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Law for Business

Knowhow - guidance - precedents

30 JAN 2013

Online tracking of consumers and new Data Protection Laws

 By Zia Akhtar

In January 2013 the European Commission published a blueprint for the implementation of the General Data Protection Regulation that sets out to amend the law. (http://europa.eu/rapid/press-release_MEMO-13-4_en.htm?locale=en) This updates the fragmented data protection regime that currently exists across the EU. Under these proposals, businesses in the Member States engaging in direct marketing activities would have to obtain express specific and informed consent from individuals in order to be able to lawfully process their personal data.

The online businesses in the European Union (EU) often record users' online behaviour in order to serve personalised content to them as part of their subscription effort. The businesses often use ‘cookies', which are small text files that detail users' web activity, in order to store such information. The website operators often sell this information to advertising networks which serve targeted ads to internet users. The networks then draft the ‘behavioural' ads by gleaning from the stored information what they deem the internet users will be interested in to increase their economic demand.

If the Regulation amendment becomes effective then the direct marketing firms would have to provide consumers with the right to object to the free of charge processing of their personal data for such marketing. The right to object would have to be ‘explicitly offered ... in an intelligible manner' and be ‘clearly distinguishable from other information'.

Need for the Regulation

The EU online business-to-business sector primarily uses anonymous or pseudonymous consumer data, and even Germany's strict privacy framework allows for such processing. (http://www.iabeurope.eu/news/proposed-eu-data-protection-laws-will-hurt-particularly-european-online-businesses.aspx) There is deemed to be less protection available to consumers and the businesses can avail their information more readily at present. If online advertising is to support high-quality content creators there is a niche felt for the stricter filtering of the pseudonymous data.

The consent under the new Regulation would not be inferred from the silence or inactivity on the part of individuals and instead must be obtained through a ‘statement or clear affirmative action' before it can be said to have been delivered. These would mean that the organisations engaging in direct marketing activities within the EU would have to obtain explicit, freely given, specific and informed consent from individuals in order to be able to lawfully process their personal data.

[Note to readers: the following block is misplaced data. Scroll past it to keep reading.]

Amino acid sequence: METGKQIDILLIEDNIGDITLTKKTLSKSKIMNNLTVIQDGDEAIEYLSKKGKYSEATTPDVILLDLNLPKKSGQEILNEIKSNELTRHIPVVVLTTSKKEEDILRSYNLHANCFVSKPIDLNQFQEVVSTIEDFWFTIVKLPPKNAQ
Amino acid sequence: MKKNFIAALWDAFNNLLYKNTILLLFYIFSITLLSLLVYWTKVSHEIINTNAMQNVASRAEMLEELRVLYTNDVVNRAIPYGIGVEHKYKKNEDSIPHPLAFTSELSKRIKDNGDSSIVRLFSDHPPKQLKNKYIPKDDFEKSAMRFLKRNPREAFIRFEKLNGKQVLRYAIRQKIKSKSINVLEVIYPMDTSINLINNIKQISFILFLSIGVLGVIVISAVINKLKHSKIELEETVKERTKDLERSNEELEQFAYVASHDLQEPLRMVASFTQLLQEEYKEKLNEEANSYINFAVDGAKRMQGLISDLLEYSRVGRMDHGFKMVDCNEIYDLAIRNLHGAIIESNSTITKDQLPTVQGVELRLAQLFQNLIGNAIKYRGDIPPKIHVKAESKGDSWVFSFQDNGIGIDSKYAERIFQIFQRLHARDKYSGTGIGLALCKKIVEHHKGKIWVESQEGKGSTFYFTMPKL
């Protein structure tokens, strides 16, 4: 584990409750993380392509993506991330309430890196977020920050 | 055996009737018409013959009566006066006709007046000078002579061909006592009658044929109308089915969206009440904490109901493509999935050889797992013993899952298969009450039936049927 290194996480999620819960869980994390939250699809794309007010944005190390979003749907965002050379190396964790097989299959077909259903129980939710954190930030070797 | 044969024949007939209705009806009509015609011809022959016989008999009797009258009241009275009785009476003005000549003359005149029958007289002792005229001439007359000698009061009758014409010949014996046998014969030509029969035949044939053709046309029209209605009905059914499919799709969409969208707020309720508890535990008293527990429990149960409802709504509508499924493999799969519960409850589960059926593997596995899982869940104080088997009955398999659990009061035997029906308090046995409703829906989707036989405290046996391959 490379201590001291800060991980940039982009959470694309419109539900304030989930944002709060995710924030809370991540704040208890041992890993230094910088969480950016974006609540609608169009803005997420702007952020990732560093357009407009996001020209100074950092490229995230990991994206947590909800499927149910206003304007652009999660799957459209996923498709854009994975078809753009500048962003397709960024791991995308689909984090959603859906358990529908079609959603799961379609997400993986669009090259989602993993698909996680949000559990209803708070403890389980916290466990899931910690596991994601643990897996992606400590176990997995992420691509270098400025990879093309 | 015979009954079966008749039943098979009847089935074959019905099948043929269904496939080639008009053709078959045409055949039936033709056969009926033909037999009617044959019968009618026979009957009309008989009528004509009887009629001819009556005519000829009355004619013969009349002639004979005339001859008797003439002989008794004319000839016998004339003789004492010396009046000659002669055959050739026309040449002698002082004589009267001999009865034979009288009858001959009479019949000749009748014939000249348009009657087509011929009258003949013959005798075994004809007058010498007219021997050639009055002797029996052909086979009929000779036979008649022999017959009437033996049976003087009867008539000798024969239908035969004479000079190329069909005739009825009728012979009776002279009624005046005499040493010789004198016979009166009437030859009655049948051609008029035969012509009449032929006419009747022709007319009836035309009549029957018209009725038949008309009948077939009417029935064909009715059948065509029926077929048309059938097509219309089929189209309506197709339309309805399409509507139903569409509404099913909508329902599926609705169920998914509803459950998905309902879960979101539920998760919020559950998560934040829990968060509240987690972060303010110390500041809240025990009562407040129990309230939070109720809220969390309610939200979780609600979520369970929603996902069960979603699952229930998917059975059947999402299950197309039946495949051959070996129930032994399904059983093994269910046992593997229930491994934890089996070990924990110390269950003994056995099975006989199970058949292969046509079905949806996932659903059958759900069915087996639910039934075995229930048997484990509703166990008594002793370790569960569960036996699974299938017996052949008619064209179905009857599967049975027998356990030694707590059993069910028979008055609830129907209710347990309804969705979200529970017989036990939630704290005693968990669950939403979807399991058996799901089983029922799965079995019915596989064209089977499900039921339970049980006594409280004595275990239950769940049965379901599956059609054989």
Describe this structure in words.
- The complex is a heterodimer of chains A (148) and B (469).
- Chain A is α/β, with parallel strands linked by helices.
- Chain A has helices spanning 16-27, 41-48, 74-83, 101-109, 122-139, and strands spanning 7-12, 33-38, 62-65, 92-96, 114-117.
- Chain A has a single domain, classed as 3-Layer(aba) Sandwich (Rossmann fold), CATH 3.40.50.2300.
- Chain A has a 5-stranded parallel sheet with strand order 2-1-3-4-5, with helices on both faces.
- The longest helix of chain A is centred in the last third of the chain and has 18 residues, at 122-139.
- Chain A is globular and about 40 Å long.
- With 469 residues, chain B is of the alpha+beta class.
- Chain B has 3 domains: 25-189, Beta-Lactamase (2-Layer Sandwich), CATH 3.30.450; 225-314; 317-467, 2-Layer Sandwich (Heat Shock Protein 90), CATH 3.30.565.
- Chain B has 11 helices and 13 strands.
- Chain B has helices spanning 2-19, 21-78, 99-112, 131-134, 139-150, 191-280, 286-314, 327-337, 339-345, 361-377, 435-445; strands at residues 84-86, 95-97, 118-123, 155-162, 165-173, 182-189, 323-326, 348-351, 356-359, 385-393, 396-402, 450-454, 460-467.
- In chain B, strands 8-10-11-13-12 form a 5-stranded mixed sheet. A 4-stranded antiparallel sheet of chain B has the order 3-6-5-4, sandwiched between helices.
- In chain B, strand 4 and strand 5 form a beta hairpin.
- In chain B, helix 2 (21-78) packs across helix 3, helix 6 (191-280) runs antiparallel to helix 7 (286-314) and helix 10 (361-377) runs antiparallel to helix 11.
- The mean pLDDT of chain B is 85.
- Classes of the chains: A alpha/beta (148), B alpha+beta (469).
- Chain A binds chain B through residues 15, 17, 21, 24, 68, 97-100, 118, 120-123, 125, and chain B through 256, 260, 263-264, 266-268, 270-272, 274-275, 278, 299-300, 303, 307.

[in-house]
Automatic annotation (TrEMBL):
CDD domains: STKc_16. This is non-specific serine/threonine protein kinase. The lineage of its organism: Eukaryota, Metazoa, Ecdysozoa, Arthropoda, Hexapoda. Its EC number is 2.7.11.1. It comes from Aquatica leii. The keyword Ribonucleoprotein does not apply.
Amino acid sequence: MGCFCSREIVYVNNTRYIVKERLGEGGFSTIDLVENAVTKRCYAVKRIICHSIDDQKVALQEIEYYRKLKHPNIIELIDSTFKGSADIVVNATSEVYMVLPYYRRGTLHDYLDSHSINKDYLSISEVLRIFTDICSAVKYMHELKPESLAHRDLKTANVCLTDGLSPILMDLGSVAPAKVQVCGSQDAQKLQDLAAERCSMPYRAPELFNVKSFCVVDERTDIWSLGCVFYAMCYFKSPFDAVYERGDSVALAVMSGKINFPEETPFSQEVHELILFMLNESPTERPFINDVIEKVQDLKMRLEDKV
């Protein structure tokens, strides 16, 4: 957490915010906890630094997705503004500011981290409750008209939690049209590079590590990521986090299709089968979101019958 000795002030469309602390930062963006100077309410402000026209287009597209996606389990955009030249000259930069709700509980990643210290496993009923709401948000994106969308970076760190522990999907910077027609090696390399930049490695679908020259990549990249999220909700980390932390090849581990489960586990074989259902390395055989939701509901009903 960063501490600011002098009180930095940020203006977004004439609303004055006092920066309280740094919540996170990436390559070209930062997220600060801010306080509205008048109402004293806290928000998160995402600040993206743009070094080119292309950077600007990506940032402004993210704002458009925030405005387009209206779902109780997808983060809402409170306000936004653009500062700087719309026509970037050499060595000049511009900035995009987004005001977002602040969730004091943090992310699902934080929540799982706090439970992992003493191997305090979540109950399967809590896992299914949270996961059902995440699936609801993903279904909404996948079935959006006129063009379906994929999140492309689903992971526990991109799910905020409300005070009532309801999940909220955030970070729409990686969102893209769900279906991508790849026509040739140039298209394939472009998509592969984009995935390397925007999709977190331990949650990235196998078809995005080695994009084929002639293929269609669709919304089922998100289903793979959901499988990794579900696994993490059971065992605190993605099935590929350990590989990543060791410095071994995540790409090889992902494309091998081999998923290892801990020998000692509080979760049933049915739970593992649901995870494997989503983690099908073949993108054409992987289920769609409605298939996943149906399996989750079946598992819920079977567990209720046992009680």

This has been supported in a report by Jan-Philipp Albrecht, a rapporteur for the European Parliament's Civil Liberties, Justice and Home Affairs Committee on the proposed EU data protection reforms who said that consumers should not have to opt out from automatic settings in order to avoid businesses implying that they have given consent for their personal data to be processed.  

The processing of pseudonymised information would be stopped and there would be development of standards such as do not track (DNT). The World Wide Web Consortium (W3C), which is responsible for ensuring that web technology is based on an agreed set of technical standards, is constructing a new DNT controls system for operation within web browser settings.

The amendments to the General Data Protection Regulation will mean that the organisations seeking to rely on individuals' consent to process their personal data would be required to ensure that consent was expressly obtained. (http://www.theregister.co.uk/2013/01/10/no_pre_ticking_eu)

This will be freely available and would not generally have to be consent obtained from ‘pre-ticked boxes' companies often use in consumer agreements. The consent should not provide a valid legal ground to preclude a genuine and free choice that is not subsequently refused or withdraw consent detrimental to the consumer.